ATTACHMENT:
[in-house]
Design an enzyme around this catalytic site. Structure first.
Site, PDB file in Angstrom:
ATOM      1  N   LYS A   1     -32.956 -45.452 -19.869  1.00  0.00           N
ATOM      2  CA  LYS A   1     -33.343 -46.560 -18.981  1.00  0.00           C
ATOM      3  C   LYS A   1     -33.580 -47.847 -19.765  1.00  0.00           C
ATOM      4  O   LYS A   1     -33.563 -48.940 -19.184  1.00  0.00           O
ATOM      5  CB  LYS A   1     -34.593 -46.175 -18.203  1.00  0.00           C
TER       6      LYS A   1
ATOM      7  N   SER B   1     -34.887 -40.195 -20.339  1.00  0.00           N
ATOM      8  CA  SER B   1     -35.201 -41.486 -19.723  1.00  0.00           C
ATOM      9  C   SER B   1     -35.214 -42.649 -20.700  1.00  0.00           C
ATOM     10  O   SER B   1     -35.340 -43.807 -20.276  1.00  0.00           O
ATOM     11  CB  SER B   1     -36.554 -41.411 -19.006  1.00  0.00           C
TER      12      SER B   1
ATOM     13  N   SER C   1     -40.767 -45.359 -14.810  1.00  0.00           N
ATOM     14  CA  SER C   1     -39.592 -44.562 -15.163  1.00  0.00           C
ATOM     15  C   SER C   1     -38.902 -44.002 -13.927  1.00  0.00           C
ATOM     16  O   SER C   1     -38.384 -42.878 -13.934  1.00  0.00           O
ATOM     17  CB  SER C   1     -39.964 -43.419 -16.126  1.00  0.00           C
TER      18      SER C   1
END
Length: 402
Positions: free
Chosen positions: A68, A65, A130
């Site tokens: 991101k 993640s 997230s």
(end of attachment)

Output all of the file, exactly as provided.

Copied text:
[in-house]
Design an enzyme around this catalytic site. Structure first.
Site, PDB file in Angstrom:
ATOM      1  N   LYS A   1     -32.956 -45.452 -19.869  1.00  0.00           N
ATOM      2  CA  LYS A   1     -33.343 -46.560 -18.981  1.00  0.00           C
ATOM      3  C   LYS A   1     -33.580 -47.847 -19.765  1.00  0.00           C
ATOM      4  O   LYS A   1     -33.563 -48.940 -19.184  1.00  0.00           O
ATOM      5  CB  LYS A   1     -34.593 -46.175 -18.203  1.00  0.00           C
TER       6      LYS A   1
ATOM      7  N   SER B   1     -34.887 -40.195 -20.339  1.00  0.00           N
ATOM      8  CA  SER B   1     -35.201 -41.486 -19.723  1.00  0.00           C
ATOM      9  C   SER B   1     -35.214 -42.649 -20.700  1.00  0.00           C
ATOM     10  O   SER B   1     -35.340 -43.807 -20.276  1.00  0.00           O
ATOM     11  CB  SER B   1     -36.554 -41.411 -19.006  1.00  0.00           C
TER      12      SER B   1
ATOM     13  N   SER C   1     -40.767 -45.359 -14.810  1.00  0.00           N
ATOM     14  CA  SER C   1     -39.592 -44.562 -15.163  1.00  0.00           C
ATOM     15  C   SER C   1     -38.902 -44.002 -13.927  1.00  0.00           C
ATOM     16  O   SER C   1     -38.384 -42.878 -13.934  1.00  0.00           O
ATOM     17  CB  SER C   1     -39.964 -43.419 -16.126  1.00  0.00           C
TER      18      SER C   1
END
Length: 402
Positions: free
Chosen positions: A68, A65, A130
């Site tokens: 991101k 993640s 997230s």